Monday, November 13, 2017

Up Close: 1936 Bugatti Type 57SC Atlantic

Above is the cover of a 1956 Trend Books, Inc. paperback publication.  Trend Books was part of R.E. Petersen's growing automobile-interest empire that began with Hot Rod magazine and added Motor Trend magazine a few years later, hence the word "Trend."  The writer, Robert J. Gottlieb, was a Los Angeles area attorney who had a popular monthly column in Motor Trend devoted to "classic" cars as defined by the Classic Car Club of America in those days (definitions have evolved since then).

I strongly suspect that the car featured on the cover, a Bugatti Type 57SC Atlantic, was unknown to most American car fans under age 30 or 35 in 1956.  It must have been a revelation (though the same photo, cropped and in smudgy black and white, was buried near the end of a 1953 paperback from Petersen: "Classic Cars and Antiques").  More background on Atlantics, including an explanation for all those visible rivets and details of the three surviving cars, can be found here.

I have viewed both surviving 57SC cars ("C" designated the supercharged version).  One was at Pebble Beach where Ralph Lauren displayed his car.  Ralph stood near it dressed in a natty dark blue blazer.  A few years later I saw Ralph at Pebble helping his crew push his Alfa Romeo 8C 2900 to a different location.  Ralph is a real car mensch.

The car on the cover pictured above, now meticulously restored, will be on view until 13 January 2018 at the Petersen Automotive Museum in Los Angeles along with a host of other Bugattis (details here).

The extremely rare and extremely valuable 1936 Atlantic is owned by Peter Mullin and others in the form of an organization named Atlantic LLC.  It normally resides in the Mullin Automotive Museum (its web page dealing with the Atlantic is here).

As for the Atlantic's design, I cannot call it beautiful.  Instead, I find it astonishing ... in a highly positive sense.  Other descriptive words I can easily apply to it are exciting, dramatic, and fascinating.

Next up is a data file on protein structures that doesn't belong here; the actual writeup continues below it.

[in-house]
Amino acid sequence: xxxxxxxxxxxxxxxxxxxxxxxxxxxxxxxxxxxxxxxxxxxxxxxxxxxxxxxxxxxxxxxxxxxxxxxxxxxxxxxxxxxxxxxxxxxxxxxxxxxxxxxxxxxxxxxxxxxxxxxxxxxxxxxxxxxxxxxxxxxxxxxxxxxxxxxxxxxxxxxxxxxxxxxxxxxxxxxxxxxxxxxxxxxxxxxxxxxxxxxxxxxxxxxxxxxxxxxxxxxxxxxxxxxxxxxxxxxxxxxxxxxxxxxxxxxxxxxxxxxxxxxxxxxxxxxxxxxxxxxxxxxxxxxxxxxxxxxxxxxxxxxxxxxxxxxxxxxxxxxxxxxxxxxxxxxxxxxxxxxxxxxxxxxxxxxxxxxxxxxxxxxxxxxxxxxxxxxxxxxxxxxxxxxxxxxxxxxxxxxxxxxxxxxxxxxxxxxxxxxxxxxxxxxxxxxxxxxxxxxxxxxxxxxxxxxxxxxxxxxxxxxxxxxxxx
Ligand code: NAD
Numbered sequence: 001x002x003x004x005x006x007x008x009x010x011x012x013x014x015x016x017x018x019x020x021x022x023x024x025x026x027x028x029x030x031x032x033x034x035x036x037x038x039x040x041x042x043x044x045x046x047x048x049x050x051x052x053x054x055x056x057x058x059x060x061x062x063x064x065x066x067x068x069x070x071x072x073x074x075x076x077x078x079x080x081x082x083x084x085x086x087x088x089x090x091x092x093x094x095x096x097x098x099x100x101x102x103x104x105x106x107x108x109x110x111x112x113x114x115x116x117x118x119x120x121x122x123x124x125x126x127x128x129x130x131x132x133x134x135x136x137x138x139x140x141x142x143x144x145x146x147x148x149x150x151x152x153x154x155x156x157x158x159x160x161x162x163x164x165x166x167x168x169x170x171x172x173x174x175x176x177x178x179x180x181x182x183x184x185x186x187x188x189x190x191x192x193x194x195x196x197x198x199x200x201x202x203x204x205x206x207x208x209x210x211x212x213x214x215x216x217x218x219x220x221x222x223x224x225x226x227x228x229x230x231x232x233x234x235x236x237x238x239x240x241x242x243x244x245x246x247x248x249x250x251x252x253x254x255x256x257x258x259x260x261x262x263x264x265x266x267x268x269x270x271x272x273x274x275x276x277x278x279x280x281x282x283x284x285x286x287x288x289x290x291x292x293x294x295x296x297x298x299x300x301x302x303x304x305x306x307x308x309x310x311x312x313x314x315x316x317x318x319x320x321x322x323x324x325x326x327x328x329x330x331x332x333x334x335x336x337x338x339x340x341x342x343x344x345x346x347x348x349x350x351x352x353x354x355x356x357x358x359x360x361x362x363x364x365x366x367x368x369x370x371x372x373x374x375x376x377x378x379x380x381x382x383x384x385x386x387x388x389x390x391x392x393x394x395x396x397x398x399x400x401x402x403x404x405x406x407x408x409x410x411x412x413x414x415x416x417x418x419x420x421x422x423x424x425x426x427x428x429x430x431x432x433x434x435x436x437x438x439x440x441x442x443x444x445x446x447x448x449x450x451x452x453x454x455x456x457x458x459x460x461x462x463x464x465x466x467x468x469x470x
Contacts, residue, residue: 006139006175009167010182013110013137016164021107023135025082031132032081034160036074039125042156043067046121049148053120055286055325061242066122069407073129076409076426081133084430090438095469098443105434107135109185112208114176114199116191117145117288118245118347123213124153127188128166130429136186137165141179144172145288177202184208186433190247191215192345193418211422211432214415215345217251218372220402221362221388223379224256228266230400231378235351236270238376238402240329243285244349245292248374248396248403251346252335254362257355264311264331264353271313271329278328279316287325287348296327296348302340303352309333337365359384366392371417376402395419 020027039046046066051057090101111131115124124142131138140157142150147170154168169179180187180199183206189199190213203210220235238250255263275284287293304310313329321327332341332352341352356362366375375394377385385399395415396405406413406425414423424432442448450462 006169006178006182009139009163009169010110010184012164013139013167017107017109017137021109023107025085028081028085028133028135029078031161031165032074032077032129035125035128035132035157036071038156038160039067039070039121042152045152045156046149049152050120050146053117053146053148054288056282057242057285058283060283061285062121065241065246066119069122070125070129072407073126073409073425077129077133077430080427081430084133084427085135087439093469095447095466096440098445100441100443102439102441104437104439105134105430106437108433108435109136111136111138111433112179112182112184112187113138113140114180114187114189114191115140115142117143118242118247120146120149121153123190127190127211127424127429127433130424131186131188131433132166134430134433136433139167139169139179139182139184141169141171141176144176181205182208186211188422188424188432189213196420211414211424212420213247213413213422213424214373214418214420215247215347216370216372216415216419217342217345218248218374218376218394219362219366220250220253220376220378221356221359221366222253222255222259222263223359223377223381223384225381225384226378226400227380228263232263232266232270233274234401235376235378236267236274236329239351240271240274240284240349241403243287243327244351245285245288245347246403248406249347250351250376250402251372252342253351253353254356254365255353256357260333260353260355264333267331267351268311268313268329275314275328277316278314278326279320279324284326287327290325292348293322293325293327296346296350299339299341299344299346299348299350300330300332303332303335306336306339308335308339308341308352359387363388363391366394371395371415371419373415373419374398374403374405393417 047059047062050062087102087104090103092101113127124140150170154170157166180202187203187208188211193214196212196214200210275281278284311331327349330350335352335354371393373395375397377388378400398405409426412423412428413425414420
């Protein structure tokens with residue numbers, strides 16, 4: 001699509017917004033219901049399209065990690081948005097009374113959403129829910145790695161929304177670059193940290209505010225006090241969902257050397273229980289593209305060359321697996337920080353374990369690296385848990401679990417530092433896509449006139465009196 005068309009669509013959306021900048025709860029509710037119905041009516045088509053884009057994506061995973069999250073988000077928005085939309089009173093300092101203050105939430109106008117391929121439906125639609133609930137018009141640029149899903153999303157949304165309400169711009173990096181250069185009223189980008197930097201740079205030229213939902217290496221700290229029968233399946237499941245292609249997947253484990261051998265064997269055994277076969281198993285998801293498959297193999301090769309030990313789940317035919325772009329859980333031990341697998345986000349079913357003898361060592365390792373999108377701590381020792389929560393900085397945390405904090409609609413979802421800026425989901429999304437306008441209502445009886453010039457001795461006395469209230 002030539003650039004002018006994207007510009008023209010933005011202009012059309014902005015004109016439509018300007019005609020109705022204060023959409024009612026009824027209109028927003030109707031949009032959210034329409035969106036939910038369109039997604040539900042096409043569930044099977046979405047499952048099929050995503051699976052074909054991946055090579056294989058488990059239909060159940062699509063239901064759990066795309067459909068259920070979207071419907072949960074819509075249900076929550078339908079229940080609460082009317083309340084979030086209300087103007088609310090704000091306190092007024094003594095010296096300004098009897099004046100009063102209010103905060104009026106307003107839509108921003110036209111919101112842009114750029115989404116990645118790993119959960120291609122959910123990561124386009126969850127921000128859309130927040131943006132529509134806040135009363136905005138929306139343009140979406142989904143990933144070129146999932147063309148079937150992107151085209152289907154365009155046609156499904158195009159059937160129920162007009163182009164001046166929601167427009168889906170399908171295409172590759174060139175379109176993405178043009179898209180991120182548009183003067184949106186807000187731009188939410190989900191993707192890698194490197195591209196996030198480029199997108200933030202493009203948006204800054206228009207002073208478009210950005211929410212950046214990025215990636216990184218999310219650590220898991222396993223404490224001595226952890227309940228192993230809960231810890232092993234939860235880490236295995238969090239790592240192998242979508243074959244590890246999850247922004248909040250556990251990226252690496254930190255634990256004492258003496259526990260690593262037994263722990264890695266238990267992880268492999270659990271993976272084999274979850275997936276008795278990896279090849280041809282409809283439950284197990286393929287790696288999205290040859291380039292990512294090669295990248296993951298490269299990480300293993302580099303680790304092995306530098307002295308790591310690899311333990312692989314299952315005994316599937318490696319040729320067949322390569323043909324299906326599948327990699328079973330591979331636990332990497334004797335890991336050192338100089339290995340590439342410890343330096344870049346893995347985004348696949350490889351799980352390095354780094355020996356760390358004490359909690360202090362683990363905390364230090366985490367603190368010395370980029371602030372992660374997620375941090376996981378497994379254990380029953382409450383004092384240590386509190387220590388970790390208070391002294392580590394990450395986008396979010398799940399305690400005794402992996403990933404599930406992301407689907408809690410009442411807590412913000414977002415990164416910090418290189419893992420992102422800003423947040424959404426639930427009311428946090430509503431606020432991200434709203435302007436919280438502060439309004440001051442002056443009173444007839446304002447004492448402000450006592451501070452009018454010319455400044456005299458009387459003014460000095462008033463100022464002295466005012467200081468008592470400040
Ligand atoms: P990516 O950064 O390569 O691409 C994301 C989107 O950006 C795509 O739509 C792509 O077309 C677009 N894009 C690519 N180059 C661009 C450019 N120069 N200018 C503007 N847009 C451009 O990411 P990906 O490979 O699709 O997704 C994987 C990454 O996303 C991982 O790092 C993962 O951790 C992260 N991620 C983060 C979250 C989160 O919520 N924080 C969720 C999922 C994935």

Below are photos I took of it at the Petersen museum earlier this year.


Side view.  The diver's head position is about 3/4 of the distance from the front to the rear and the firewall/cowling is about halfway between the ends.  The radiator/grille is classically positioned close to the front axle line.

High-end French cars in the 1930s usually were right-hand drive even though in France cars drove on the right sides of streets and roads.  The flanges and rivets were needed because the bodywork metal alloy could not be welded.

Note the contrast between the teardrop fender and the sharp-edged hood.

At least one Atlantic -- perhaps Ralph's -- had a front bumper for a while.  The grille is not a classic Bugatti horseshoe: other Type 57s also featured the pointed bottom profile seen here.

The Atlantic's dramatic sculpted forms are most evident towards the rear.

The museum's lighting was quirky, as is often the case.  However, it worked to my advantage here.

From the other side.  The dramatic integrative sculpting of the fenders and trunk is offset and perhaps heightened by the riveted flange extending over the top of the car.  Designing an attractive/practical rear bumper would have been impossible even for Jean Bugatti in 1935 or 36.  However, one Atlantic had a crude, temporary rear bumper for a while, apparently to make it street-legal.

Aft view.  The rounded trunk lid was functional.  Its latch is by the bottom edge.

Detail of the trunk latch.  Very simple to open or close.  Using two fingers grasping the little arms extending from the U-shaped bracket, the bracket is lifted from one notch on the flange/spine and dropped into the other notch close by on the other side of the flange's cut.

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